Exactly two years ago I started writing for Hellfire, the first gig I covered was Culann, at the end of the world, 21/12/12 read it here; (http://www.newhellfireclub.co.uk/2013/01/culann-event-review-k-t-211212-will.html?q=chris+herron). The world didn’t end that night, but a new world began for me, one of even more music, even more gigs and even more fantastic times.

   Now, two years later, it already seems like a lifetime. When we went to see Culann that night, Will Johnstone and I, I had never even heard of them, let alone heard them, who’d have thought, two years later, they’d have gained such a prodigious following of fans, gigged at such prestigious venues as King Tut’s, won SAMA awards and played to thousands at Celtic’s football stadium before a match! Well, I thought, as soon as I heard them, and they have, and they are here tonight, in the humble surroundings of Broadcast, Sauchiehall Street, Glasgow, ready to rock the fucking joint down once more.

   Once more, before, I’m told, they take a slight break to write, and rest, and recuperate, before a return to gigging in spring next year, with an appropriately vernal new offering, like spring rejuvenated it will be an invigorating new side to Culann for the fans. How do I know this? Because I recognised a sharpness in Culann’s sound that night, a tight, increasingly-experienced and blossoming talent just waiting to unfold… hidden there, I hear it, in the polished edge to their recent, familiar stuff, and resplendent in their new material, it’s subtle, like the zephyr, but it’s there…I sense great things await us from Culann, once again, and probably many times more.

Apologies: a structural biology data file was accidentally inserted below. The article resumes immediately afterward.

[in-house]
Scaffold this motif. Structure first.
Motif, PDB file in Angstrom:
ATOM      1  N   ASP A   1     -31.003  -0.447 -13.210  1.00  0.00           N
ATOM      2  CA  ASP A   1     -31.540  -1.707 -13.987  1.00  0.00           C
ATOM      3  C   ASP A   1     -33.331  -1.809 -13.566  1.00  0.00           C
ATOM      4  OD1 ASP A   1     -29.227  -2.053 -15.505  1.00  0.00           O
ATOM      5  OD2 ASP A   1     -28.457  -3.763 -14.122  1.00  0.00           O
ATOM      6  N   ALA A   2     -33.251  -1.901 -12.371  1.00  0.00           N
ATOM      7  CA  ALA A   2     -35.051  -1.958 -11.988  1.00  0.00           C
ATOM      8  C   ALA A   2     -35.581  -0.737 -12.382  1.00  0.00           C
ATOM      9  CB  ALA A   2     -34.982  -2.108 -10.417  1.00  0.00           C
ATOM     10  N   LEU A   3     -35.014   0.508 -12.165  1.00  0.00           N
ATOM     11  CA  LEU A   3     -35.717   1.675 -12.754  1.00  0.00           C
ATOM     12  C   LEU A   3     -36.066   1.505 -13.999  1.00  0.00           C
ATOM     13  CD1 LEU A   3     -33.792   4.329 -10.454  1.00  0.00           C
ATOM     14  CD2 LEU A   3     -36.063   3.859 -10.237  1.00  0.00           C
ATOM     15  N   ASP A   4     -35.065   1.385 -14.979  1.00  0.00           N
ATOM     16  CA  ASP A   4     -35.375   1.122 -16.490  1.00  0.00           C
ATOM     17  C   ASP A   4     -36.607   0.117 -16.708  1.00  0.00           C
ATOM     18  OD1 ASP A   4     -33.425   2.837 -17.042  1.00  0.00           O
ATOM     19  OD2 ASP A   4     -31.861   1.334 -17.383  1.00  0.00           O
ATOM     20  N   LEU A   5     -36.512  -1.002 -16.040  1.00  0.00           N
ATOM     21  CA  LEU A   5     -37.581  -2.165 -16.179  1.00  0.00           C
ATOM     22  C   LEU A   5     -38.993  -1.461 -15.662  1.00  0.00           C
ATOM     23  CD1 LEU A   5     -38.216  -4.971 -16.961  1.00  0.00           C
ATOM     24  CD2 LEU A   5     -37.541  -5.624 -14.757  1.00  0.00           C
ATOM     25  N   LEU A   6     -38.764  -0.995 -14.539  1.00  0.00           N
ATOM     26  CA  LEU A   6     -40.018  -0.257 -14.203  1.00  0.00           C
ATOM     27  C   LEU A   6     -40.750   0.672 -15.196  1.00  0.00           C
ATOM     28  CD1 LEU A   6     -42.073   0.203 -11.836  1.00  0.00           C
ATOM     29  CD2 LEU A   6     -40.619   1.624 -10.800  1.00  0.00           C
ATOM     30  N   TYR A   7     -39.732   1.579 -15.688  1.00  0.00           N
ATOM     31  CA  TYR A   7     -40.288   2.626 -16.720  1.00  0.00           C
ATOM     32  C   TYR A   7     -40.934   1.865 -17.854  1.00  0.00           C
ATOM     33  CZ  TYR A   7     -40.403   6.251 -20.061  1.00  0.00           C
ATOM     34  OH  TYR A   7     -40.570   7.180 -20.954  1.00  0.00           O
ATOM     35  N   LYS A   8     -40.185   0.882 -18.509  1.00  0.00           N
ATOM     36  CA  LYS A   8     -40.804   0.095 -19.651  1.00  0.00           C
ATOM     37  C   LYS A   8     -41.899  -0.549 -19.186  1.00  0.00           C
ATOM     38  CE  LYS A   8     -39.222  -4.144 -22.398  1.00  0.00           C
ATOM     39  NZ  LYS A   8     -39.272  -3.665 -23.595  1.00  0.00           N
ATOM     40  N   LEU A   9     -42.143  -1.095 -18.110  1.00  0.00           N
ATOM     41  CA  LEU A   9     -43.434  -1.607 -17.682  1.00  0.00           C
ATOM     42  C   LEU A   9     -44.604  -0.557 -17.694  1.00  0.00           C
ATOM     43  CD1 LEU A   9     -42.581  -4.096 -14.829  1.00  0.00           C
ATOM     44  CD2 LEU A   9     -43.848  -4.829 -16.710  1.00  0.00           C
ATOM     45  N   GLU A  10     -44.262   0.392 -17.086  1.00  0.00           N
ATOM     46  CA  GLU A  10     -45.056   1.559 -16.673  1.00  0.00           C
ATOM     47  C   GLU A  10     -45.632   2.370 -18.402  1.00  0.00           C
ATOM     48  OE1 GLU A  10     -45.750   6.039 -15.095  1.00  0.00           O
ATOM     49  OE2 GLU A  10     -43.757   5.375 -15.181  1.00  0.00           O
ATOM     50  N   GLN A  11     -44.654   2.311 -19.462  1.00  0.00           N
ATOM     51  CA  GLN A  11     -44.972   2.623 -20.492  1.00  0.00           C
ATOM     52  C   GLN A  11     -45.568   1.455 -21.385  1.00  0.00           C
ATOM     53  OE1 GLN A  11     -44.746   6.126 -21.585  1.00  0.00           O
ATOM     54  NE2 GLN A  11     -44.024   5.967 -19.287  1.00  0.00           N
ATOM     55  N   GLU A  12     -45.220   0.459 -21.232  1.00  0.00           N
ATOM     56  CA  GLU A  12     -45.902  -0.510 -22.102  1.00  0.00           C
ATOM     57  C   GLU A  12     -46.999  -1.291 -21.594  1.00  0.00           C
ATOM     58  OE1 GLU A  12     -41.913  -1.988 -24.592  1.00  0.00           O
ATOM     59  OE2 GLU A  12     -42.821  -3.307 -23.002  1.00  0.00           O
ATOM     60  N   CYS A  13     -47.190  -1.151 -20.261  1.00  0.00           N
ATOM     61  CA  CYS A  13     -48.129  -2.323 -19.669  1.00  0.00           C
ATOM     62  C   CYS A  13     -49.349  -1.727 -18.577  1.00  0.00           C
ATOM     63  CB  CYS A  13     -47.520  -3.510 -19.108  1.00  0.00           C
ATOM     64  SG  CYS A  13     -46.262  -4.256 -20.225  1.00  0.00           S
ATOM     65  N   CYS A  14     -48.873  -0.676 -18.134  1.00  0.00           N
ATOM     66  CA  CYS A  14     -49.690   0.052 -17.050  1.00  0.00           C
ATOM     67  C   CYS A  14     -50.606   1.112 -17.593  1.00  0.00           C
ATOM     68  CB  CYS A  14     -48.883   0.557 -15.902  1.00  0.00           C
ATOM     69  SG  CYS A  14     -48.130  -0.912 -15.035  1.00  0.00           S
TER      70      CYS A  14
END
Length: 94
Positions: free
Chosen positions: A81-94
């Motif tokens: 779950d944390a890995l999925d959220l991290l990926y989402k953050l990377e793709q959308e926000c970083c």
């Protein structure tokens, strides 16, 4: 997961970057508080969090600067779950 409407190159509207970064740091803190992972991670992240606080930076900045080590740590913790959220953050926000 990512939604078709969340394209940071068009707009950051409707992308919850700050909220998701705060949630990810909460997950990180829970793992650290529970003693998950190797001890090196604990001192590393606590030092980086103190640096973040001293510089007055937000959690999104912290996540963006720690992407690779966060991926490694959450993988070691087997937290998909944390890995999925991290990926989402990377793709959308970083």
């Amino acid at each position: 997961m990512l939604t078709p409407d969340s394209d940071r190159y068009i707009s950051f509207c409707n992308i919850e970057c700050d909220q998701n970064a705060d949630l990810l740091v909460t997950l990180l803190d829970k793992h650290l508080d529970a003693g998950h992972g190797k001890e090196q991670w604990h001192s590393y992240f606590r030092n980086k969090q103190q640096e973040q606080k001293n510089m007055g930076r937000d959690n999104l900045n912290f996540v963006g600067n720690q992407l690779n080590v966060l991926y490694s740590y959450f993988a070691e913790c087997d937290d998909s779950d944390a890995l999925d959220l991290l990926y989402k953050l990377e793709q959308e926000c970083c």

When I arrived at Broadcast I said my hellos to PJ and Sean Kelly and the lads, and was unreasonably early, so I lost myself in whiskey’s golden hue until the bands started about 7.45pm. The place was fairly bustling and alive, and the floor was packed enough downstairs for a comely and intimate but crowded gig, this is Culann’s second sell-out gig at this venue and I was at the first one too, and lucky enough to have been around the past couple of years for the band’s steady, but inexorable climb upwards, witnessing it unfold from the bleachers. It’s my fourth time seeing them, but rather than being desensitised to their set, they switched gears on me that night and took me completely by surprise…

   I spoke to PJ before the first band went on; about overpriced tickets of mainstream bands like Foo Fighters and Fleetwood Mac, about ‘vintage’ Culann tees, about Fat Mike kicking that guy in the face, and most importantly about playing Celtic Park, which was a massive buzz for the boys of the banner. Playing at the Celtic vs Red Bull Salzburg game in front of thousands and thousands of fans, just before kickoff, must have been a very surreal and exciting experience, but one deserved of such a talented band – their music should be heard by many more than what could fill that stadium, as they never disappoint, on record and certainly not live! Though PJ remains humble about the experience, saying ‘It’ll probably be the biggest crowd we ever get to play to…’ Personally, I suspect Culann will reach dizzier heights than that yet…